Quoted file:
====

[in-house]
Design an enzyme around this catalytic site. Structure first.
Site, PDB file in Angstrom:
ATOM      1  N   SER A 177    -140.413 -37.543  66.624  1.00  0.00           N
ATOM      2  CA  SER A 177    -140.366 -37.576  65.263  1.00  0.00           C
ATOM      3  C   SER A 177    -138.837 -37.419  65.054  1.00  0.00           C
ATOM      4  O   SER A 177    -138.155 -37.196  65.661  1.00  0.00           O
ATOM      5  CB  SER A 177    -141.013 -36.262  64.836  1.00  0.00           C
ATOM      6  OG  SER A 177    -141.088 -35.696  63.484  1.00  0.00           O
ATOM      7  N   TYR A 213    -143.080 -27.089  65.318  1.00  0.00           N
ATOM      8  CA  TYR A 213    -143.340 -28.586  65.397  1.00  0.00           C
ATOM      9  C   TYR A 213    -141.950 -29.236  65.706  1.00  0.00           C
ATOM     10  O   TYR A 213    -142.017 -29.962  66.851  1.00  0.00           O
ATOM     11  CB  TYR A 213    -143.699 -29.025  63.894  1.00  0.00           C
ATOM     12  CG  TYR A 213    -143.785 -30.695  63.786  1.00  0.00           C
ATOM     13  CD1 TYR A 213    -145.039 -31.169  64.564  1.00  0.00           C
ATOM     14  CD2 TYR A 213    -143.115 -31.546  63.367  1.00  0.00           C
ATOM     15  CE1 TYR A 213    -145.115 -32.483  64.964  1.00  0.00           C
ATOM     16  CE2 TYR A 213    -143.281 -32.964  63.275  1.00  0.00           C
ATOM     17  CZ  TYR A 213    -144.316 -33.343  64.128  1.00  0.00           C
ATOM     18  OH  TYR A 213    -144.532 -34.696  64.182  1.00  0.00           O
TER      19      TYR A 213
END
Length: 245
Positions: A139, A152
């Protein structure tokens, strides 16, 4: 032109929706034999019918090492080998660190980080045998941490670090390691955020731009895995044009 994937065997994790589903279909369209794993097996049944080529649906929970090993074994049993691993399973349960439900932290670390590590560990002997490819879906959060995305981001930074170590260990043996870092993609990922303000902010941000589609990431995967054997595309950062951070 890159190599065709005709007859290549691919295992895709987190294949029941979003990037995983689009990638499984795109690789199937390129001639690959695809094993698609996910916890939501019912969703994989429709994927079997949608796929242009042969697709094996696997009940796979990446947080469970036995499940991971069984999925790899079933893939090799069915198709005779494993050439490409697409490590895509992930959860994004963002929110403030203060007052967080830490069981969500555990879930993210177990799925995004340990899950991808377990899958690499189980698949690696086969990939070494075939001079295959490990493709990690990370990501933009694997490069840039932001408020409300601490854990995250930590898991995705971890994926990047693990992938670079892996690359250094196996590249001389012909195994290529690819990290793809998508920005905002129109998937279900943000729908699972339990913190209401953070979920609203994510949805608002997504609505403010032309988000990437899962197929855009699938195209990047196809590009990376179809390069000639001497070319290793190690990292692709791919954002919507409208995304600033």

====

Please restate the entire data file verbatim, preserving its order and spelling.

[in-house]
Design an enzyme around this catalytic site. Structure first.
Site, PDB file in Angstrom:
ATOM      1  N   SER A 177    -140.413 -37.543  66.624  1.00  0.00           N
ATOM      2  CA  SER A 177    -140.366 -37.576  65.263  1.00  0.00           C
ATOM      3  C   SER A 177    -138.837 -37.419  65.054  1.00  0.00           C
ATOM      4  O   SER A 177    -138.155 -37.196  65.661  1.00  0.00           O
ATOM      5  CB  SER A 177    -141.013 -36.262  64.836  1.00  0.00           C
ATOM      6  OG  SER A 177    -141.088 -35.696  63.484  1.00  0.00           O
ATOM      7  N   TYR A 213    -143.080 -27.089  65.318  1.00  0.00           N
ATOM      8  CA  TYR A 213    -143.340 -28.586  65.397  1.00  0.00           C
ATOM      9  C   TYR A 213    -141.950 -29.236  65.706  1.00  0.00           C
ATOM     10  O   TYR A 213    -142.017 -29.962  66.851  1.00  0.00           O
ATOM     11  CB  TYR A 213    -143.699 -29.025  63.894  1.00  0.00           C
ATOM     12  CG  TYR A 213    -143.785 -30.695  63.786  1.00  0.00           C
ATOM     13  CD1 TYR A 213    -145.039 -31.169  64.564  1.00  0.00           C
ATOM     14  CD2 TYR A 213    -143.115 -31.546  63.367  1.00  0.00           C
ATOM     15  CE1 TYR A 213    -145.115 -32.483  64.964  1.00  0.00           C
ATOM     16  CE2 TYR A 213    -143.281 -32.964  63.275  1.00  0.00           C
ATOM     17  CZ  TYR A 213    -144.316 -33.343  64.128  1.00  0.00           C
ATOM     18  OH  TYR A 213    -144.532 -34.696  64.182  1.00  0.00           O
TER      19      TYR A 213
END
Length: 245
Positions: A139, A152
């Protein structure tokens, strides 16, 4: 032109929706034999019918090492080998660190980080045998941490670090390691955020731009895995044009 994937065997994790589903279909369209794993097996049944080529649906929970090993074994049993691993399973349960439900932290670390590590560990002997490819879906959060995305981001930074170590260990043996870092993609990922303000902010941000589609990431995967054997595309950062951070 890159190599065709005709007859290549691919295992895709987190294949029941979003990037995983689009990638499984795109690789199937390129001639690959695809094993698609996910916890939501019912969703994989429709994927079997949608796929242009042969697709094996696997009940796979990446947080469970036995499940991971069984999925790899079933893939090799069915198709005779494993050439490409697409490590895509992930959860994004963002929110403030203060007052967080830490069981969500555990879930993210177990799925995004340990899950991808377990899958690499189980698949690696086969990939070494075939001079295959490990493709990690990370990501933009694997490069840039932001408020409300601490854990995250930590898991995705971890994926990047693990992938670079892996690359250094196996590249001389012909195994290529690819990290793809998508920005905002129109998937279900943000729908699972339990913190209401953070979920609203994510949805608002997504609505403010032309988000990437899962197929855009699938195209990047196809590009990376179809390069000639001497070319290793190690990292692709791919954002919507409208995304600033």